• Create an image hyperlink by nesting an img
element in an anchor element
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1
<?xml version = "1.0" encoding = "utf-8"?>
2
<!DOCTYPE html PUBLIC "-//W3C//DTD XHTML 1.0 Strict//EN"
3
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"http://www.w3.org/TR/xhtml1/DTD/xhtml1-strict.dtd">
4
5
<!-- Fig. 4.6: nav.html -->
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<!-- Images as link anchors. -->
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<html xmlns = "http://www.w3.org/1999/xhtml">
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<head>
<title>Navigation Bar</title>
</head>
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<body>
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<p>
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Creates a hyperlinked
image
<a href = "links.html">
<img src = "buttons/links.jpg" width = "65"
height = "50" alt = "Links Page" />
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Fig. 4.6 | Images as link
anchors (Part 1 of 2).
</a>
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<a href = "list.html">
<img src = "buttons/list.jpg" width = "65"
height = "50" alt = "List Example Page" />
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</a>
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<a href = "contact.html">
<img src = "buttons/contact.jpg" width = "65"
height = "50" alt = "Contact Page" />
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</a>
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<a href = "table1.html">
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<img src = "buttons/table.jpg" width = "65"
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height = "50" alt = "Table Page" />
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</a>
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<a href = "form.html">
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<img src = "buttons/form.jpg" width = "65"
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Fig. 4.6 |
Images as link
anchors (Part 1
of 2).
height = "50" alt = "Feedback Form" />
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</a>
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</p>
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</body>
40 </html>
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42
4.8 Special Characters and Horizontal
Rules
• XHTML provides special characters or entity
references (in the form &code;) for representing
characters that cannot be rendered otherwise
• The code can be:
– Word abbreviations
– Numbers
• Decimal
• Hexadecimal
• Example: & character represented by:
– &amp
– &#38 (decimal)
– &#x26 (hexadecimal)
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43
4.8 Special Characters and Horizontal
Rules (Cont.)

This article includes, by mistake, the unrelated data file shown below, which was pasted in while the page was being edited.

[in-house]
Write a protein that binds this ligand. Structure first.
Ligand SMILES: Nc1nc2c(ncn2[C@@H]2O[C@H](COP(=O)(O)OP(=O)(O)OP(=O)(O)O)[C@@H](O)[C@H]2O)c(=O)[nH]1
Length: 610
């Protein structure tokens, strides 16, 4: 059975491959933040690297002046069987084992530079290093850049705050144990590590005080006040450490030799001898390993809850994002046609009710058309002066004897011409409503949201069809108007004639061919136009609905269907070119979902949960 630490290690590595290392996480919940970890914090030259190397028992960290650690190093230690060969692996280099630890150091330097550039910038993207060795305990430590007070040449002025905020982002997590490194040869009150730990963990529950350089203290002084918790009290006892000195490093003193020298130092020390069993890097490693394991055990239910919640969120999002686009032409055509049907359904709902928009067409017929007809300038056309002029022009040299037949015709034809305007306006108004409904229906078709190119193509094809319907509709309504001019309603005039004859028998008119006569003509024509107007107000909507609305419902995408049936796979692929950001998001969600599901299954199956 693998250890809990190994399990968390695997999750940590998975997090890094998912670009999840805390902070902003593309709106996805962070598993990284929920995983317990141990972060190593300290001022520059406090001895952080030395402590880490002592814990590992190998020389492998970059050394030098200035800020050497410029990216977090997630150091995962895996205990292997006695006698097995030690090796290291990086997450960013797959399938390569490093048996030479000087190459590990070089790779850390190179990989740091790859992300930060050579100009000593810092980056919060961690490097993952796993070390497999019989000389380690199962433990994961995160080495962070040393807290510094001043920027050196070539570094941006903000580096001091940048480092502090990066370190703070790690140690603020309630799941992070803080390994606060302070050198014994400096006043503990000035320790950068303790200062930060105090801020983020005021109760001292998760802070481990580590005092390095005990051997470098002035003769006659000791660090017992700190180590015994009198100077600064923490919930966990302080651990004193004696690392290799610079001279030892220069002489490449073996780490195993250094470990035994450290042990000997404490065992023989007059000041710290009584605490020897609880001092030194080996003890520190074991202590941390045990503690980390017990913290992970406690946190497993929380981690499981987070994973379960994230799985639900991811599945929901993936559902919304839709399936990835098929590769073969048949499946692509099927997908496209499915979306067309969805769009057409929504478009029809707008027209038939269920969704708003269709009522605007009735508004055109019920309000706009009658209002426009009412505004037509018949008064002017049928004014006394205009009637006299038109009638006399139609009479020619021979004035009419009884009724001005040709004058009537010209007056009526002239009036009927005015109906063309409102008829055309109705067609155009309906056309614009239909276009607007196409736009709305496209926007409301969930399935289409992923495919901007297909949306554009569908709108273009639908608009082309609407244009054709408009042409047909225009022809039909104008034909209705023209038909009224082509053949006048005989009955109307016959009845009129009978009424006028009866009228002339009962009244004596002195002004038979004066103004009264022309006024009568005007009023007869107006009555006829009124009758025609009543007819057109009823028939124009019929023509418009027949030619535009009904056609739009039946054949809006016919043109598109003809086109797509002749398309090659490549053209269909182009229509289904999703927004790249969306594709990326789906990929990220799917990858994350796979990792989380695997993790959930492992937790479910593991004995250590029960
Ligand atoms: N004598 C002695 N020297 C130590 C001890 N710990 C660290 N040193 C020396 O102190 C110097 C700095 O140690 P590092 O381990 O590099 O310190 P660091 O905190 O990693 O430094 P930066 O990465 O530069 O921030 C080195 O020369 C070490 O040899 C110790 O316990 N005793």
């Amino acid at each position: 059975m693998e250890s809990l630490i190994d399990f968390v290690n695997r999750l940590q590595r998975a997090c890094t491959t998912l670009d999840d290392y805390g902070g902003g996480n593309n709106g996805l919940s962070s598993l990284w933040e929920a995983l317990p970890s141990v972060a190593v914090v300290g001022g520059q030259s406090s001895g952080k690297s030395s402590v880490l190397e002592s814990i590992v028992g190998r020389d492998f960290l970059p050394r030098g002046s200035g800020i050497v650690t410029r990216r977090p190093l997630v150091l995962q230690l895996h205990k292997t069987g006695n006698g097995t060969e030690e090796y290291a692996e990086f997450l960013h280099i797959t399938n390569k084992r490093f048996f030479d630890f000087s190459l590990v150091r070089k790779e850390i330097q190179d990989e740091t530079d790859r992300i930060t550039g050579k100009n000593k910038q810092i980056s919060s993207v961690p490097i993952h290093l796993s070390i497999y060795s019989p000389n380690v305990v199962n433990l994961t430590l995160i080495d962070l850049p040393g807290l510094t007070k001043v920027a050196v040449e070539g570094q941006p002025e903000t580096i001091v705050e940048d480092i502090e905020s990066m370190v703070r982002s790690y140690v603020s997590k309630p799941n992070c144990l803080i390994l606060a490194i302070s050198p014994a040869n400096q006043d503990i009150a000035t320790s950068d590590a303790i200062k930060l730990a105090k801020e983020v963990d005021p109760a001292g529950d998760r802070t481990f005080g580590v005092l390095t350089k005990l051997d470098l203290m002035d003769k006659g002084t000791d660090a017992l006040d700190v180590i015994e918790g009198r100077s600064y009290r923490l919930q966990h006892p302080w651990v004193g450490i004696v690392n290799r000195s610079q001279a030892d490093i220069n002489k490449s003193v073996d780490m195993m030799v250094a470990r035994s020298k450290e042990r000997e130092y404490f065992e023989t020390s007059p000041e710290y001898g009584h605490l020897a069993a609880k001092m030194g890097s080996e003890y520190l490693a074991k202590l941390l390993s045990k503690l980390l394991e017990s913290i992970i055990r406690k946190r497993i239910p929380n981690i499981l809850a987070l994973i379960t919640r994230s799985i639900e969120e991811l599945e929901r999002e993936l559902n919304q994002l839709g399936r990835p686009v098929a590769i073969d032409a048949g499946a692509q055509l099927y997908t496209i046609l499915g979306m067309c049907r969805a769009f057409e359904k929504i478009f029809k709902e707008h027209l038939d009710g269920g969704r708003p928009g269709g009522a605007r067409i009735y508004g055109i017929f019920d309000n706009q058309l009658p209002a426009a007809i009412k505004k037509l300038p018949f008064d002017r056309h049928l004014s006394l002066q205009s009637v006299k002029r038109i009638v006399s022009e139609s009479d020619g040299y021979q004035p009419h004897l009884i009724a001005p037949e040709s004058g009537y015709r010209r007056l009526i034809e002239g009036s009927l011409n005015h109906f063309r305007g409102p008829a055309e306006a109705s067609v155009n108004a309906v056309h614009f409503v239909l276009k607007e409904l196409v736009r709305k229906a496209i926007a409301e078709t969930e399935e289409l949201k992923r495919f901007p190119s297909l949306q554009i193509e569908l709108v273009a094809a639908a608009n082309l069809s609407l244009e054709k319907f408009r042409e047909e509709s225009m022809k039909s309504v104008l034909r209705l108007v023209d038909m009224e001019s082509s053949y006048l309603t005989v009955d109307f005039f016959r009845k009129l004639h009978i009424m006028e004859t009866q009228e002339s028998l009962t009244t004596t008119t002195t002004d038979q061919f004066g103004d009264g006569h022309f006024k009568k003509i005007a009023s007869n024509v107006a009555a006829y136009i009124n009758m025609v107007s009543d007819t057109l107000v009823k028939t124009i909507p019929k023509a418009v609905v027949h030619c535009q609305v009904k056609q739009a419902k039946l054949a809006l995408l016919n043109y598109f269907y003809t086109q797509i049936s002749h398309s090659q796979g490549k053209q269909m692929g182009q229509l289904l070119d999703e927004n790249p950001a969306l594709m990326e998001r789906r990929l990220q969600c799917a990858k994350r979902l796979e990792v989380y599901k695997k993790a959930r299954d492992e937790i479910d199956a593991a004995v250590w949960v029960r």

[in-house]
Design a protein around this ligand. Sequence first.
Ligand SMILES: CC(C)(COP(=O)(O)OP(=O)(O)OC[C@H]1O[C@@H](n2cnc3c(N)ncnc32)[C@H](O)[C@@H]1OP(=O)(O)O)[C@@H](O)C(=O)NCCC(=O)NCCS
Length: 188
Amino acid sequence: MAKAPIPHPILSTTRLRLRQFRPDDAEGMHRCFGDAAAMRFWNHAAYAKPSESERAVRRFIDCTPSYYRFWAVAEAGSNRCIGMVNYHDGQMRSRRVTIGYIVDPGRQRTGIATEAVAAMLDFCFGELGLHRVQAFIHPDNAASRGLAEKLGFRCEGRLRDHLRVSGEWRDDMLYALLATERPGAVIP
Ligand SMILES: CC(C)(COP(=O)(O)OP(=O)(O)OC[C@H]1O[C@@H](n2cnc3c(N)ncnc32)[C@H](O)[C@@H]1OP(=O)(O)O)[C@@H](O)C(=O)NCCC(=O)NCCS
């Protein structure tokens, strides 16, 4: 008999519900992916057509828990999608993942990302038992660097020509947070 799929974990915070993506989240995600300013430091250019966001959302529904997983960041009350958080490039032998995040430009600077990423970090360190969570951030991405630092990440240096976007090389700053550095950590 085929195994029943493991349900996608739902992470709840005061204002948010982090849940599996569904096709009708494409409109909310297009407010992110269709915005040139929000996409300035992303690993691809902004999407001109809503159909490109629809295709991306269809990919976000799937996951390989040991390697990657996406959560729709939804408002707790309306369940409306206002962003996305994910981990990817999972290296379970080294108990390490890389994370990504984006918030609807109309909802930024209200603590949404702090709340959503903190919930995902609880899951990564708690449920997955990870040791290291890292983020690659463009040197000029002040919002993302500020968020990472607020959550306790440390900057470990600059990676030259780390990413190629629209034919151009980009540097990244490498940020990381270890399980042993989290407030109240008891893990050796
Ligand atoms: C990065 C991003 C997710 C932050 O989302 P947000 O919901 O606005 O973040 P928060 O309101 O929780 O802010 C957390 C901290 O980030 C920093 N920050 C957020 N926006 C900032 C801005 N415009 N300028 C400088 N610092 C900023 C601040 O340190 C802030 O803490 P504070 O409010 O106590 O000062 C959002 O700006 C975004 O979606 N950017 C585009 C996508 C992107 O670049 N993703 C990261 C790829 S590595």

• Most browsers render a horizontal rule, indicated
by the <hr /> tag, as a horizontal line
• The hr element also inserts a line break above
and below the horizontal line
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1
<?xml version = "1.0" encoding = "utf-8"?>
2
<!DOCTYPE html PUBLIC "-//W3C//DTD XHTML 1.0 Strict//EN"
3
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Fig. 4.7 | Inserting
special characters
(Part 1 of 2).
"http://www.w3.org/TR/xhtml1/DTD/xhtml1-strict.dtd">
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<!-- Fig. 4.7: contact2.html -->
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<!-- Inserting special characters. -->
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<html xmlns = "http://www.w3.org/1999/xhtml">
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<head>
<title>Contact Page</title>
</head>
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<body>
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<p>
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Click
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<a href = "mailto:[email protected]">here</a>
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to open an email message addressed to
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[email protected]
</p>
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Inserts a horizontal rule,
with a line break before
and after
<hr /> <!-- inserts a horizontal rule -->
Inserts the special
characters © and &
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<!-- special characters are entered -->
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<!-- using the form &code; -->
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<p>All information on this site is <strong>&copy;
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Deitel &amp; Associates, Inc. 2007.</strong></p>
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<!-- to strike through
Creates
a strikethrough
<!-- to subscript text
effect
text use <del> tags -->
use
Makes the 1
<sub> tags -->
subscript
<!-- to superscript text use <sup> tags -->
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<!-- these tags are nested inside other tags -->
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<p><del>You may download 3.14 x 10<sup>2</sup>
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Makes the 2
superscript
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characters worth of information from this site.</del>
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Only <sub>one</sub> download per hour is permitted.</p>